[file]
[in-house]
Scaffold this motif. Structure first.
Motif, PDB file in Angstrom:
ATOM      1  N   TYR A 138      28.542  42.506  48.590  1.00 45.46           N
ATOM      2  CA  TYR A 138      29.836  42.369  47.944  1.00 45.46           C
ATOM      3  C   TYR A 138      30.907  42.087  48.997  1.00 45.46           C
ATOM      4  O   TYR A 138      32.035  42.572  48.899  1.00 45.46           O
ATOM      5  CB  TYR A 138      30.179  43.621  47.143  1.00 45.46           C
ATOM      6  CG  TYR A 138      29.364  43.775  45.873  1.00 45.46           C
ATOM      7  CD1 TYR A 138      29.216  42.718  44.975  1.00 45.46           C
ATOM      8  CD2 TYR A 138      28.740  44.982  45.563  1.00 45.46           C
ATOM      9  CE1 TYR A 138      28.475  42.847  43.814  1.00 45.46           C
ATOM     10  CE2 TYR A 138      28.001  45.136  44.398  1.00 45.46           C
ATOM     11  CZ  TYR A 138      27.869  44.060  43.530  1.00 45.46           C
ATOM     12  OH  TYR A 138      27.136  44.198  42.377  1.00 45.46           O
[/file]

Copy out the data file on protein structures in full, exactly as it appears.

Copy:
[in-house]
Scaffold this motif. Structure first.
Motif, PDB file in Angstrom:
ATOM      1  N   TYR A 138      28.542  42.506  48.590  1.00 45.46           N
ATOM      2  CA  TYR A 138      29.836  42.369  47.944  1.00 45.46           C
ATOM      3  C   TYR A 138      30.907  42.087  48.997  1.00 45.46           C
ATOM      4  O   TYR A 138      32.035  42.572  48.899  1.00 45.46           O
ATOM      5  CB  TYR A 138      30.179  43.621  47.143  1.00 45.46           C
ATOM      6  CG  TYR A 138      29.364  43.775  45.873  1.00 45.46           C
ATOM      7  CD1 TYR A 138      29.216  42.718  44.975  1.00 45.46           C
ATOM      8  CD2 TYR A 138      28.740  44.982  45.563  1.00 45.46           C
ATOM      9  CE1 TYR A 138      28.475  42.847  43.814  1.00 45.46           C
ATOM     10  CE2 TYR A 138      28.001  45.136  44.398  1.00 45.46           C
ATOM     11  CZ  TYR A 138      27.869  44.060  43.530  1.00 45.46           C
ATOM     12  OH  TYR A 138      27.136  44.198  42.377  1.00 45.46           O